Isaiah 35: 8-10
A highway will be there,
called the holy way;
No one unclean may pass over it,
nor fools go astray on it.
No lion will be there,
nor beast of prey go up to be met
It is for those with a journey to make.
and on it the redeemed will walk.
Those who the Lord has ransomed will return
and enter Zion singing,
crowned with everlasting joy:
They will meet with joy and gladness,
sorrow and mourning will flee.
On this Mountain of the Lord
Thursday, March 16, 2006
The Five Finger prayer
This is beautiful - and it is surely worth making the 5 finger prayer a part of our lives.
1. Your thumb is nearest you. So begin your prayers by praying for those closest to you. They are the easiest to remember. To pray for our loved ones is, as C. S. Lewis once said, a "sweet duty."
2. The next finger is the pointing finger. Pray for those who teach, instruct and heal. This includes teachers, doctors, and ministers. They need support and wisdom in pointing others in the right direction. Keep them in your prayers.
3. The next finger is the tallest finger. It reminds us of our leaders. Pray for the president, leaders in business and industry, and administrators. These people shape our nation and guide public opinion. They need God's guidance.
4. The fourth finger is our ring finger. Surprising to many is the fact that this is our weakest finger; as any piano teacher will testify. It should remind us to pray for those who are weak, in trouble or in pain. They need your prayers day and night. You cannot pray too much for them.
5. And lastly comes our little finger; the smallest finger of all which is where we should place ourselves in relation to God and others. As the Bible says, "The least shall be the greatest among you." Your pinkie should remind you to pray for yourself. By the time you have prayed for the other four groups, your own needs will be put into proper perspective and you will be able to pray for yourself more effectively.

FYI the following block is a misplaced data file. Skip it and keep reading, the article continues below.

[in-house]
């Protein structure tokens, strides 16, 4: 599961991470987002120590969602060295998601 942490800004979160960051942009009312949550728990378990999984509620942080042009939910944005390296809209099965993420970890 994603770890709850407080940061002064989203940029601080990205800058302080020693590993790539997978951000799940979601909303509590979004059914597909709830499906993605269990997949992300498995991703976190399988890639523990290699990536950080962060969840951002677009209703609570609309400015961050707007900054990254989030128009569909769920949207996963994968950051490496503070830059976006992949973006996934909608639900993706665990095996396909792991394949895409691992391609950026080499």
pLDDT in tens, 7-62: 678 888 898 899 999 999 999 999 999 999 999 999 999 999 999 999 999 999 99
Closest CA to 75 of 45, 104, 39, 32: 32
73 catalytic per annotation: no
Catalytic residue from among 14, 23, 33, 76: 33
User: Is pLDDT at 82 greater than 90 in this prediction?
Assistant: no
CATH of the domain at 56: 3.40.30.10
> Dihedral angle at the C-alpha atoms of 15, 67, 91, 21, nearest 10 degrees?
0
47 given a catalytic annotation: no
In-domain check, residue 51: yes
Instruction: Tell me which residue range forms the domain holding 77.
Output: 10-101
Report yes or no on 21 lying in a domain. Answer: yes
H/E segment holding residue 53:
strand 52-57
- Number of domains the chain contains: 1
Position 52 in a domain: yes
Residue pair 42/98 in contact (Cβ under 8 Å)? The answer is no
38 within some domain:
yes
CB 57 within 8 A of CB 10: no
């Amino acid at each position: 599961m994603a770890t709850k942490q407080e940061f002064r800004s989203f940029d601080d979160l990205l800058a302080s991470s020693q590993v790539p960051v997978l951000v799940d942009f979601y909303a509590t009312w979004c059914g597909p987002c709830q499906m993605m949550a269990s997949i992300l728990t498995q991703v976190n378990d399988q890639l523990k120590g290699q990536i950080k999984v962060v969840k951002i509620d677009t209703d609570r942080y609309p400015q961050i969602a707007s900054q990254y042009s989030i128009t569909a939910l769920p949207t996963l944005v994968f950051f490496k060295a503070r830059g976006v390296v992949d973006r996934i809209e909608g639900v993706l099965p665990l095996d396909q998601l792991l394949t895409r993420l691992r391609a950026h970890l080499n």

Blessings to you all this St. Patrick's Day !
'On Ya' - ma
Sunday, March 05, 2006
The Spirit drove Jesus out into the desert,
and he remained in the desert for forty days,
tempted by Satan.
He was among wild beasts,
and the angels ministered to him…
Mark 1: 12-15
Today’s Gospel tells us how Satan initiated an all-out attack on Jesus during his forty-day fast in the wilderness. He used every trick he could think of as he tried to lead Jesus into sin. Jesus simply would not give in
In the 70s, when Mark is writing, as the Christians read this description of the beginning of the Good News, they also looked into the mirror of their own lives. The desert, temptations, prison, these were things with which they were familiar. Nevertheless, like Jesus, they tried to proclaim the Good News of God
Let’s make it our goal this Lent to try to limit the devil’s inroads in our minds. It may be impossible to destroy his little voice until Jesus comes again, but we can minimize his impact. Lent should be a time for deeper meditation on the word of God, which will lead to conversion and to concrete acts of charity
We can ask Jesus for his help each morning.
Nothing disarms the devil more than reliance on God’s grace and the gift of humble, honest repentance.
With every battle that we win, our confidence will grow.
May we all come to know the sweet taste of victory!
These are bits and pieces taken from several different devotionals today – the First Sunday of Lent
‘On Ya’ - ma